There is a danger in juggling too many thoughts, in holding onto attention loosely. In such random jostlings and momentary fragmentations tragedies have occurred. More often, however, our failures are minimal and we are simply inconvenienced. It was through a similar misallocation of mental resources that I found myself at McKay's bookstore Monday afternoon puzzling over the cacophonous hubbub of children, young and young at heart, who yearned to be outside in the sun but instead found themselves trapped (myself included) in long lines and interminable waits. Only as I pulled out of the parking lot did I remember that it was a holiday. The prize: coming home with slim volumes by Alice Munro and Richard Yates.
As it seems that my days have been as scattered as my thoughts, an endless cycle of never-enough, and my own mental perigrinations are not likely to settle down unless I give them an outlet, you shall have just that: random mutterings in lieu of a post.
1. I have mostly caught up on sleep. In fact I slept 12 hours Saturday, perhaps to my regret as I was groggy and unfocused most of the day, a good part of which was spent curled up between Tikka and Moises, reading 32 Yolks: From My Mothers Table to Working the Line by Eric Ripert. The book was engagingly enough written to draw me in and it seems honest and forthright. You see in the young Eric, in his character as a young child, but also in how he deals with his experiences growing up, his stubbornness, his drive to push through pain and loneliness, his need to excel, all the qualities that will make him a top chef. The book is quite clear about what is needed to succeed in the restaurant business, what is behind the perfect meals diners expect. It was an easy read and good for a day when I was really only running on half power.
2. My state of overwhelming exhaustion may have been kicked into overdrive by attending the symphony Friday night, a decision I in no way regret as it was a truly wonderful performance and my heart soared with the music. The orchestra was led by the incredibly talented and dynamic guest conductor, Mei Ann Chen, who won the hearts of the audience with her energy, her sparkling personality, and, not least, the beauty of the music itself. The concert ended with a stunning performance of Stravinsky's Firebird Suite. The Beethoven was pretty good too, at least on the orchestra's part, which is high praise from me as I distinctly did not like the way Beethoven was performed under the former music director. My problem with the Beethoven, the Piano Concerto #1, was actually with the pianist. Lise de la Salle is obviously very skilled, with enormous technique and a very powerful sound. And yet there were sections where her rather outsized sense of interpretation struck a discordant note in my enjoyment of the piece. I don't actually mind hearing a familiar piece in a new way, especially when that new way of listening opens new vistas of understanding. Perhaps I am just growing older and more set in my ways, a bit curmudgeonly concerning beloved music, or perhaps my disgruntlement was just an echo of my underlying exhaustion, but I felt that her interpretation grated, and I was often more annoyed than enlightened. Perhaps if I were again in my 20s I would hear it differently, but alas it is not to be so.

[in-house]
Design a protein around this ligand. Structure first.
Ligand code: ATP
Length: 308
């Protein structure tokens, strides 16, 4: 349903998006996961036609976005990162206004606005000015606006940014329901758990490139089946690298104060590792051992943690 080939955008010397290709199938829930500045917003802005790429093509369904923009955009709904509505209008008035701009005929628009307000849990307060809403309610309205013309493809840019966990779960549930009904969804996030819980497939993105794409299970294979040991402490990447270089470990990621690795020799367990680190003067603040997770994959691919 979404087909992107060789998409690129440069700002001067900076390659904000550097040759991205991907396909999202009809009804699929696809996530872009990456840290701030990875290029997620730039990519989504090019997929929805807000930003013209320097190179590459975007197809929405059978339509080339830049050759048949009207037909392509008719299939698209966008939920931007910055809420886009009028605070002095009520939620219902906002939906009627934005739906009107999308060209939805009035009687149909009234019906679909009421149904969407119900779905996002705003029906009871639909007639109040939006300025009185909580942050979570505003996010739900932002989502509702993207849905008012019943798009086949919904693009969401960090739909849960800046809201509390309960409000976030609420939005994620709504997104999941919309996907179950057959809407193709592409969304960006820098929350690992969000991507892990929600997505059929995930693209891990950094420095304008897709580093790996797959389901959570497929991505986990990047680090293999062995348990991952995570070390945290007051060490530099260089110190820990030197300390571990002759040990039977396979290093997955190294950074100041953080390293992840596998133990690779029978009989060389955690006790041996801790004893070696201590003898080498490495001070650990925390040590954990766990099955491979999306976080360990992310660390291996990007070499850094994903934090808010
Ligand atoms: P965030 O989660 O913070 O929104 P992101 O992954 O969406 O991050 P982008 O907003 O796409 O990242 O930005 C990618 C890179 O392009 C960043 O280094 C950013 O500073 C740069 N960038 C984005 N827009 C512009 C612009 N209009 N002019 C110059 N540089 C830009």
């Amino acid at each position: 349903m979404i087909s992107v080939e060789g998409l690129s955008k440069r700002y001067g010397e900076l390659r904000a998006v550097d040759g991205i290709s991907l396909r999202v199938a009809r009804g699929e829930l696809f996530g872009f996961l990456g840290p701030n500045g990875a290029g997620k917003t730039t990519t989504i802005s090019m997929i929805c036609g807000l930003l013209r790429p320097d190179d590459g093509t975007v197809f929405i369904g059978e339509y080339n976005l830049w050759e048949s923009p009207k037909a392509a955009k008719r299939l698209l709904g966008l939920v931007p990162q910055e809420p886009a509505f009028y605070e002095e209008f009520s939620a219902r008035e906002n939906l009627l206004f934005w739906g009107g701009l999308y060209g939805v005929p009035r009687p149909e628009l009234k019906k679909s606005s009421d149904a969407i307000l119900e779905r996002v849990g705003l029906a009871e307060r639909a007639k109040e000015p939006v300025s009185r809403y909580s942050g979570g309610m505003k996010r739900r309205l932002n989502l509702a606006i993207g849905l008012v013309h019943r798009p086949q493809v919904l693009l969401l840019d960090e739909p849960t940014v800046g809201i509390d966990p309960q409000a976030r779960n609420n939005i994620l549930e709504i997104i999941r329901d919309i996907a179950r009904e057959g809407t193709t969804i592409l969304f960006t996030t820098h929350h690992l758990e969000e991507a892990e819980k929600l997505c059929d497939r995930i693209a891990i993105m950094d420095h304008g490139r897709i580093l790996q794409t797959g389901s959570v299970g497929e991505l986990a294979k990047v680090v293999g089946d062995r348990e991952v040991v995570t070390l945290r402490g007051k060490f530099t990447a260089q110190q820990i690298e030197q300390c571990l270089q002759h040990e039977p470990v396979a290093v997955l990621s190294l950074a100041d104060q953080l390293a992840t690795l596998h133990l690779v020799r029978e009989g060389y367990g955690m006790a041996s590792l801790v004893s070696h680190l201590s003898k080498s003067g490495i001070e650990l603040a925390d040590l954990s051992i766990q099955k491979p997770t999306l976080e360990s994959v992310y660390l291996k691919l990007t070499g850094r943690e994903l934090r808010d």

I must admit however that Lise de la Salle gave a magnificent rendition of a Schumann song as her encore. She played with a fiery intensity that captured the imagination, making me yearn to hear more. I look forward to hearing her again, perhaps to following her career, and I would happily hear her play Schumann again. Schumann, perhaps, would never be the same.
3. I am in the midst of another round of sorting and tossing, a refinement of sorts, in both preparation for moving in a couple of months, but also for putting my current house on the market. One such small burst of activity revolved around shelving books, and removing a few tomes that no longer held interest. Two books that came down off the shelf were by John Reed, Insurgent Mexico, and Ten Days that Shook the World. I reread both. I remember how the first book, the first book I read by Reed, perhaps when I was 19, captured my imagination. I had never read anything quite like it and I was both thrilled and shocked by some of its revelations. Reading it again now, I can remember those feelings, albeit fleetingly. Read is definitely biased, but there is a humanity to his descriptions of his time with the campesinos, and he captures pathos, and stunning naiveté born out of desperation. But he skims over the flaws and abuses of his heroes deftly, while going into excruciating detail of the crimes of the people in power. He does the same in Ten Days but although the prose may be more mature here, it has also lost its humanity. The text is dry, the revolutionary zeal more blindly integrated. In Russia, Reed is consorting with the leaders of the revolution, not the common man, and there is less humanity, less questioning of the human condition, only acceptance of the rightness of the cause at hand. The latter book held my interest less than the former. It was in the bag of books that prompted that foray into McKay's mentioned in the opening paragraph. Munro will make me happier. Insurgent Mexico currently remains on the shelf, and yet its position is tenuous. As I read and reconnect with those books that are my true joys, it may yet find itself traveling onward toward a new home.